• Welcome to this new upgrade of the site. We are now on a totally different software platform. Many things will be different, and bugs are expected. Certain areas (like downloads and reviews) will take longer to import. As always, please use the Meta Forum for site queries or bug reports. Note that we (the mods and admins) are also learning the new software.
  • The RSS feed for the news page has changed. Use this link. The old one displays the forums, not the news.

What Method(s) did you use to roll ability score when you first started D&D?

billd91

Earl of Cornbread
I started with the Holmes Basic set and used 3d6 in order for my first characters.

That was supplanted soon afterward for our first long campaign by 4d6 drop lowest, arrange as desired. And that's the usual basic method for everything else.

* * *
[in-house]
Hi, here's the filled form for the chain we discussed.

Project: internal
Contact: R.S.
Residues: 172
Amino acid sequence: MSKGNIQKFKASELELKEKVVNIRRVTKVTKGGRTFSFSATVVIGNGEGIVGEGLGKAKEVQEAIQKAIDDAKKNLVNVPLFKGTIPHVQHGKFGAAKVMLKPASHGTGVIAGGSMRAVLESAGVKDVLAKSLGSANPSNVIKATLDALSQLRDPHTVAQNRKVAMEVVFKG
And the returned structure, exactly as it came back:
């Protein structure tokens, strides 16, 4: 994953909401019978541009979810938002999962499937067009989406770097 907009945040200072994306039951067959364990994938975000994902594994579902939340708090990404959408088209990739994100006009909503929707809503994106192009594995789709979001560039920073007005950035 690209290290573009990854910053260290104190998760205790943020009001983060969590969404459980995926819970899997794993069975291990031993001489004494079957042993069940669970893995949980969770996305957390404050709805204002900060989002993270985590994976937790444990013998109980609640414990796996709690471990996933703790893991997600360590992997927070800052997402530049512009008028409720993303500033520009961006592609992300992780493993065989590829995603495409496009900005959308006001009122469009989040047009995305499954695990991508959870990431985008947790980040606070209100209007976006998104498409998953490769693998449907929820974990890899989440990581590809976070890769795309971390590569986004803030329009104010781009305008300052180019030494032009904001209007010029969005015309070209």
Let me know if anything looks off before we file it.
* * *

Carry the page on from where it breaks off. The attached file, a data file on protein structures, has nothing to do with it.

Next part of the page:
Other variations:
One DM had us roll 4d6 drop low but if we got a 4 of a kind, we kept all 4 (whether all 6s or all 1s)
One DM had us roll 4d6 drop low until we got at least a 16 and then we kept that and the next 5 rolls.
One DM had us roll 4d6 drop low six times and then a seventh - we could either swap that 7th for one of the six or reroll all six and take whatever resulted.
I often have players roll the 4d6 drop low into 2 sets of 6, then pick the set they like best.
I have also had each player roll 4d6 drop low, recorded everyone's result, and allow each player to take anybody's set. A couple of arrays got dominated by others so the players had 3 sets to pick from - but at least everyone got to benefit from any single player's luck.

I've done point buy for organized play and online games, but I avoid it on the tabletop.
 

Jer

Explorer
We used 3d6 down the line, allowing you to adjust a score in your "prime requisite" on a 2-to-1 basis with another stat (i.e. subtract 2 from the stat to add 1 to your "prime requisite" score). If you got less than a 9 in all of your stats, you rolled up a new character. Later we went with 3d6, assign them however you want.